The arctic chill that has gripped the nation in recent days is beginning to abate — gone as quickly as it came. If you were feeling a little adventurous, perhaps you froze some bubbles in time.
Or, in the northeastern United States, you could give it a whirl early Wednesday, when frigid temperatures are forecast.
Here’s how it works.
The walls of a soap bubble tend to be barely a micrometer thick. That’s one-thousandth of a millimeter — about one-fiftieth the diameter of a human hair! It goes without saying that as a result, soap bubbles are extremely fragile. Their lifetimes tend to be as short as their delicate walls are brittle. Freezing them can extend their lives almost exponentially.
I tried my hand at freezing soap bubbles earlier this year in Minneapolis. The temperature was minus-14 at the time, but watching a bubble freeze midair is a memory that will last much longer than the bubble.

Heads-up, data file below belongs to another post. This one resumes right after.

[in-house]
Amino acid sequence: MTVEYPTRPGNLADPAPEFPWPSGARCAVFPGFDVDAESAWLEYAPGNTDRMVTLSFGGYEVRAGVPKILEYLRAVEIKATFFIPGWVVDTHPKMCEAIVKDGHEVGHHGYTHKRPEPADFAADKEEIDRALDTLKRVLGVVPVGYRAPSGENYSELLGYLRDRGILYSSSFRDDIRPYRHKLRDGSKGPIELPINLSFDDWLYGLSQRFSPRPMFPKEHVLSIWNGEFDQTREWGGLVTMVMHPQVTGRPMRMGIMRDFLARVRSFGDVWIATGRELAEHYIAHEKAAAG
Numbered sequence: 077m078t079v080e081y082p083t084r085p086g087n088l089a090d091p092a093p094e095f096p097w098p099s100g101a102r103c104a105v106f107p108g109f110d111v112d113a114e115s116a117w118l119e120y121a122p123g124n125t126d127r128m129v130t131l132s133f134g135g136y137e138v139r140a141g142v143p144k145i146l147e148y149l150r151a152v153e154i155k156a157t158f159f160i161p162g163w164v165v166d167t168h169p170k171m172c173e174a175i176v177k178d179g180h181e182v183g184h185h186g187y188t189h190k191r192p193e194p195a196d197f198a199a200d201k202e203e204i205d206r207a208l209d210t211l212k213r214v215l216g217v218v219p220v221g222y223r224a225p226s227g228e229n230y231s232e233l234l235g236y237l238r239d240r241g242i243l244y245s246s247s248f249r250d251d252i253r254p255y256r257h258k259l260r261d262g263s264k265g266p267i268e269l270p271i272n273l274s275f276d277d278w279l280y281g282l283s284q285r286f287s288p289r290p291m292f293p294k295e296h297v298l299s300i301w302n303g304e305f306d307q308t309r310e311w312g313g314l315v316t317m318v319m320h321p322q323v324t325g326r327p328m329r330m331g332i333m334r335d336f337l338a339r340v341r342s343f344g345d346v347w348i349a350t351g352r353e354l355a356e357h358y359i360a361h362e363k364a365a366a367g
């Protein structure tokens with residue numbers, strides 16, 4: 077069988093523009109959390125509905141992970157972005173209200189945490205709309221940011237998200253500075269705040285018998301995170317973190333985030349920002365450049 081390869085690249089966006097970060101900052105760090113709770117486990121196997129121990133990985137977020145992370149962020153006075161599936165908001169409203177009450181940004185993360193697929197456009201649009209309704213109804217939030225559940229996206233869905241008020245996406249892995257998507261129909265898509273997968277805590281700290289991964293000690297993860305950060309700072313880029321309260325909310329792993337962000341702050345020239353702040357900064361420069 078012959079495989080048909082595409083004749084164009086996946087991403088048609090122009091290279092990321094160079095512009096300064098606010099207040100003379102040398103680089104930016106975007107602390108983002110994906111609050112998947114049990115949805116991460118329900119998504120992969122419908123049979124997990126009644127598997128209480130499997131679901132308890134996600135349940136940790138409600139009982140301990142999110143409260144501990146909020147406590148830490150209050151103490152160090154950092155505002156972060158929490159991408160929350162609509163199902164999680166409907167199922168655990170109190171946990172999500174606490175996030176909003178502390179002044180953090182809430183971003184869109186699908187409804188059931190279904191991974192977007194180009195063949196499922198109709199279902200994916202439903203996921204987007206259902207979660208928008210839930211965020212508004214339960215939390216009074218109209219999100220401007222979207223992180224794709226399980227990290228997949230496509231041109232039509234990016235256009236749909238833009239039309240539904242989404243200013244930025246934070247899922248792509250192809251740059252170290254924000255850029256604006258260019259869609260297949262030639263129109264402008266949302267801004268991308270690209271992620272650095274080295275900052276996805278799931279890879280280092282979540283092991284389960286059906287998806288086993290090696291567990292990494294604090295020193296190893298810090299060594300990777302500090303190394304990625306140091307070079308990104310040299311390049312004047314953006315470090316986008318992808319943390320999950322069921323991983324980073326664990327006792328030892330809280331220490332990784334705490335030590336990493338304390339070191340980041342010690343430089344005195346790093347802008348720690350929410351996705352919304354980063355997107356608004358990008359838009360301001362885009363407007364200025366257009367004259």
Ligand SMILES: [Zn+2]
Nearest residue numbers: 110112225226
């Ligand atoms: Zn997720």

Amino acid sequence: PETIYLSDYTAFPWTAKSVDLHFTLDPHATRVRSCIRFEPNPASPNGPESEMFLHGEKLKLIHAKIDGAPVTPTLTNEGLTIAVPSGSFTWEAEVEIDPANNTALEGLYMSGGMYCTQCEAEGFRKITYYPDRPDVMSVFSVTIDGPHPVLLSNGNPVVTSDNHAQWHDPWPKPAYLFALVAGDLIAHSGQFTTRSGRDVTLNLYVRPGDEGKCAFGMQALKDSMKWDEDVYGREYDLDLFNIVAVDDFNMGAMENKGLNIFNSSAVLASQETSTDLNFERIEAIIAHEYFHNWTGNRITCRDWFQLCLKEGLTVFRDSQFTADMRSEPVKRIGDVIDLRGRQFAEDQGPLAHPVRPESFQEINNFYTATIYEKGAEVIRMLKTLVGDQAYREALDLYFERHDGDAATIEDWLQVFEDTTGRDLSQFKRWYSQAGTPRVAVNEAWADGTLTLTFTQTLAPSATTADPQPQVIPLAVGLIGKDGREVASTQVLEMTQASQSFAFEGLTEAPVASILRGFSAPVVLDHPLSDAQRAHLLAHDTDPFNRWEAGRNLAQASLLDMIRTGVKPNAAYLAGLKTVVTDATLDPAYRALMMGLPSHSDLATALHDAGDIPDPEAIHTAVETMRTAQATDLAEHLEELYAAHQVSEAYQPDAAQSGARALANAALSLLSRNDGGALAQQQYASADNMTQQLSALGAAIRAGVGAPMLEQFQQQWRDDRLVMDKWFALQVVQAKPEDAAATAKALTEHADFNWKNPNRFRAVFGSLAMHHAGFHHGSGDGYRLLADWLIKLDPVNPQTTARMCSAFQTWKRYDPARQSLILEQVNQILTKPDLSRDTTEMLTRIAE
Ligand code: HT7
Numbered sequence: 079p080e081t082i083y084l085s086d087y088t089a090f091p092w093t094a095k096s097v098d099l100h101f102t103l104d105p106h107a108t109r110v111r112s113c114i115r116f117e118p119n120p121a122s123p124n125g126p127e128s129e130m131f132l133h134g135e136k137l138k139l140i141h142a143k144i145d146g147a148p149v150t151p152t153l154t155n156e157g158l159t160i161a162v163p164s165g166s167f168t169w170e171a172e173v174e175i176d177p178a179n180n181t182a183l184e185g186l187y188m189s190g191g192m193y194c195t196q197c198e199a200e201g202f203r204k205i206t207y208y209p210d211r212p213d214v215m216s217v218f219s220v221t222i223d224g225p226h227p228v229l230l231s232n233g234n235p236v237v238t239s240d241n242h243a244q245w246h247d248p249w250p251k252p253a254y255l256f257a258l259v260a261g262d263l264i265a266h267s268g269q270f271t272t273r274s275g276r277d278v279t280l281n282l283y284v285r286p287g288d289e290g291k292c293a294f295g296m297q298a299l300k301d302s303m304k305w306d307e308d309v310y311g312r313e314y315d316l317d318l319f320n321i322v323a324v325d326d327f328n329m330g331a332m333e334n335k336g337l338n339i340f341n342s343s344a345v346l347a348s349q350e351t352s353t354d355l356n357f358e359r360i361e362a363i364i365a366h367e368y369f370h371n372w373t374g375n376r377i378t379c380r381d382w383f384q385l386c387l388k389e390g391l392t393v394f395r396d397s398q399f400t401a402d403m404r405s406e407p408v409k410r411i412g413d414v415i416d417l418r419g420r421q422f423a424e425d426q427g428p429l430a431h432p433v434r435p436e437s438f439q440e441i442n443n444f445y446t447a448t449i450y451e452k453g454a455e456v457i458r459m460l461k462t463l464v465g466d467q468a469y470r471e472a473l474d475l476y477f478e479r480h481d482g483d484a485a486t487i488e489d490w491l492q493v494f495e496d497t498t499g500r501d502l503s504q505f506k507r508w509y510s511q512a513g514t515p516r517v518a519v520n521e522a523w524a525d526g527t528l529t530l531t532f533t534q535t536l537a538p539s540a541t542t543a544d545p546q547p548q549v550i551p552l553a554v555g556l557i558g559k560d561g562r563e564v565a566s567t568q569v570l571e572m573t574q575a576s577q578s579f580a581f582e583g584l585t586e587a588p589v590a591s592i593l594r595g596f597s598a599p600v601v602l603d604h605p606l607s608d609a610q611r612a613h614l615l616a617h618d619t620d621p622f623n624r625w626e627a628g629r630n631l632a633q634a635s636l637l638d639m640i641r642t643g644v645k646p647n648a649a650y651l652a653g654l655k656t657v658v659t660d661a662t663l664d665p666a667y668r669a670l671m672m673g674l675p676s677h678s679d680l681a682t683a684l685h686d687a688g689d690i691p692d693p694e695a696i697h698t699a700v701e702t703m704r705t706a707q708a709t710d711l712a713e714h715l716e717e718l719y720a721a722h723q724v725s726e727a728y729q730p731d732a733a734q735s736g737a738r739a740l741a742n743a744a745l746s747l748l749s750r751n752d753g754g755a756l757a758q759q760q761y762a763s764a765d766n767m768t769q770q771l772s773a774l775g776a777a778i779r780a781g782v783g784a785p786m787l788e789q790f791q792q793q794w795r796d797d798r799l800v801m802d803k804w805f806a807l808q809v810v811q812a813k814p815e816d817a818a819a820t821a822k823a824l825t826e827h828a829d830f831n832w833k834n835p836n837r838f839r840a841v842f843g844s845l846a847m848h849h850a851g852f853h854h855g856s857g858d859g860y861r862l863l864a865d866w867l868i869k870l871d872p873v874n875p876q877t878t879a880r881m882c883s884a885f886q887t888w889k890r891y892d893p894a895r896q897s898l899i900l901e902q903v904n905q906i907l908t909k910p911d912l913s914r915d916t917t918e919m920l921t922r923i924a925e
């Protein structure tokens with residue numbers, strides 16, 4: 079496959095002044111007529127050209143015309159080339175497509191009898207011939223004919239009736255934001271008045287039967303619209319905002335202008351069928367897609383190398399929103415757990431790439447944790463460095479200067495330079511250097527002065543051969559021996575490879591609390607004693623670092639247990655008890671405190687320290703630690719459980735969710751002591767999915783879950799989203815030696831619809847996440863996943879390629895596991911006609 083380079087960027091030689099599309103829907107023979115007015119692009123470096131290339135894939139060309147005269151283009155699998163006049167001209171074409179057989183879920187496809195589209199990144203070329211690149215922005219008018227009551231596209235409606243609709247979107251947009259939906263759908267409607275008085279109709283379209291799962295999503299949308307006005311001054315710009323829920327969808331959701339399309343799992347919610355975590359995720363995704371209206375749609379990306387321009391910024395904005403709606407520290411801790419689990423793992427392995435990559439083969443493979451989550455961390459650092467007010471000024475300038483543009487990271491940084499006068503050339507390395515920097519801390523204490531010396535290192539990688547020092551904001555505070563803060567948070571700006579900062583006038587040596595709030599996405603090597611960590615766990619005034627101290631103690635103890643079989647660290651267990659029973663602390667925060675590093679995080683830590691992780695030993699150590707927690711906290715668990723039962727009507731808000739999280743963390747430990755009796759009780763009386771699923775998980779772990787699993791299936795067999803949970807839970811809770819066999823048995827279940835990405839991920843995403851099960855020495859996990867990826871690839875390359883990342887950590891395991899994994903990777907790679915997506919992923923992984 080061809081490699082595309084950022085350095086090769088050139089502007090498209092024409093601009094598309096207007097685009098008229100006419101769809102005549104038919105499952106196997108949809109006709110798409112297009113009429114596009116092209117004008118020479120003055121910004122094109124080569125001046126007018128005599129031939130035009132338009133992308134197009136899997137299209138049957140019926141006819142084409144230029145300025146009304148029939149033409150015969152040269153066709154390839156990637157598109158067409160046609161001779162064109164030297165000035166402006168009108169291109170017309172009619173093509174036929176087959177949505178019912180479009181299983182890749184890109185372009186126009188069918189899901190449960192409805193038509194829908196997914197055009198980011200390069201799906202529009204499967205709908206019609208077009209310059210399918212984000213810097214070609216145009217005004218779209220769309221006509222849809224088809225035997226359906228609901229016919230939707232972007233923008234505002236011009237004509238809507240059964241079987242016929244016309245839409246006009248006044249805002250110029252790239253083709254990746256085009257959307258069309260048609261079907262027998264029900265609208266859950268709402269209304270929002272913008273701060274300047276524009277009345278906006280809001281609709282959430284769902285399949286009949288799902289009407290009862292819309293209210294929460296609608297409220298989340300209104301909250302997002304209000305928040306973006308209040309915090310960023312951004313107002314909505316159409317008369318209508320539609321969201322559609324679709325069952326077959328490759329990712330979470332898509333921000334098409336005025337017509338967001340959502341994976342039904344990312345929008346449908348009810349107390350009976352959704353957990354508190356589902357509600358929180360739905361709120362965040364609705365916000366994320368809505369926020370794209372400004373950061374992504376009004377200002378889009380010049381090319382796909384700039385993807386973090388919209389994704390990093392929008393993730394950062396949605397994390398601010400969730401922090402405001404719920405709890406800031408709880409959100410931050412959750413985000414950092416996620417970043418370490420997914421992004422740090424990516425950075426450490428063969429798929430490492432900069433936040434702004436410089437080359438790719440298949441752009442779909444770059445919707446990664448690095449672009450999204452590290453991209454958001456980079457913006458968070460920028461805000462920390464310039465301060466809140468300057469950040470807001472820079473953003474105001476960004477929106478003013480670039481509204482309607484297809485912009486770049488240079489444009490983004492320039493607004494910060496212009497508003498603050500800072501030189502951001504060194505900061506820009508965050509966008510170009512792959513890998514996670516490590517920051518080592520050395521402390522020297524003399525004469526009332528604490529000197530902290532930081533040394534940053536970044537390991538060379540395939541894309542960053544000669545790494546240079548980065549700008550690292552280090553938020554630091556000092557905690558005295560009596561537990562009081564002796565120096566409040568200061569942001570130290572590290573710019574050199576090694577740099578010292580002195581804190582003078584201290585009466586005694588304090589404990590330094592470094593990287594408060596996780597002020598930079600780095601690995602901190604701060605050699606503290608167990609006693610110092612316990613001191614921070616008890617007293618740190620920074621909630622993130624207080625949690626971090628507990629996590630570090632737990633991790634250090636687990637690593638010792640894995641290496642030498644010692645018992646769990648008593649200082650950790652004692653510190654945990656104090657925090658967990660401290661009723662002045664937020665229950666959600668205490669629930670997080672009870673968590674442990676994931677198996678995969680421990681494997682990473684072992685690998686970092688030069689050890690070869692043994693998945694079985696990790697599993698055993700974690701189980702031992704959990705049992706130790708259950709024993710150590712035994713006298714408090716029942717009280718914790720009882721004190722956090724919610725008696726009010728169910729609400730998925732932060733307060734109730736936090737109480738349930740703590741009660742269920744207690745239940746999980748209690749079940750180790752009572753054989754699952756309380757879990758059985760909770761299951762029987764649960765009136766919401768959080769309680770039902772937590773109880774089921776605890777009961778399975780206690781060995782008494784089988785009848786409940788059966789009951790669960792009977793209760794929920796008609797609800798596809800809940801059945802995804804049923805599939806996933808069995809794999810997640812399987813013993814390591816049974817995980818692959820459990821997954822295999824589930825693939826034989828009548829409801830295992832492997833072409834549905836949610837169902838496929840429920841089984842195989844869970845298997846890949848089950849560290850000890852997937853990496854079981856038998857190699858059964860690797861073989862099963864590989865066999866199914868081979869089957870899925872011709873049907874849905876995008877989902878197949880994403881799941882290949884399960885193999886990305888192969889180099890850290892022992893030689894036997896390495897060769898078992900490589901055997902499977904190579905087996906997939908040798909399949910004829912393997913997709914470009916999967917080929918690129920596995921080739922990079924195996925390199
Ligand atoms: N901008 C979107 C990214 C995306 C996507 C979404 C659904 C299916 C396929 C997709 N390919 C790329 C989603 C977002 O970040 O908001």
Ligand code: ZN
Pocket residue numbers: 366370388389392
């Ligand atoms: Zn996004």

While my attempts were with store-bought bubble mix, “frozen bubble experts” might advise adding some ingredients — like corn syrup and sugar — to help the bubbles stay true to form longer as they freeze. I certainly had less luck with the ready mix, but it did work after multiple tries.
These ephemeral orbs can become frozen icy ornaments, especially when temperatures drop below 10 degrees. Perfecting the technique necessary to achieve this feat is tricky. But with the right amount of patience, lack of wind and luck, you might just manage to freeze a bubble of your own.
Soap bubbles can freeze in 10 seconds or less when the temperatures drop below zero. They’re quite efficient at freezing. That’s because spheres have the lowest surface-area-to-volume ratio of any shape. That means there’s plentiful cold air at all angles to chill the bubble walls from both sides.
Next time you’re dealing with frigid conditions, try adding some bubbles to the mix.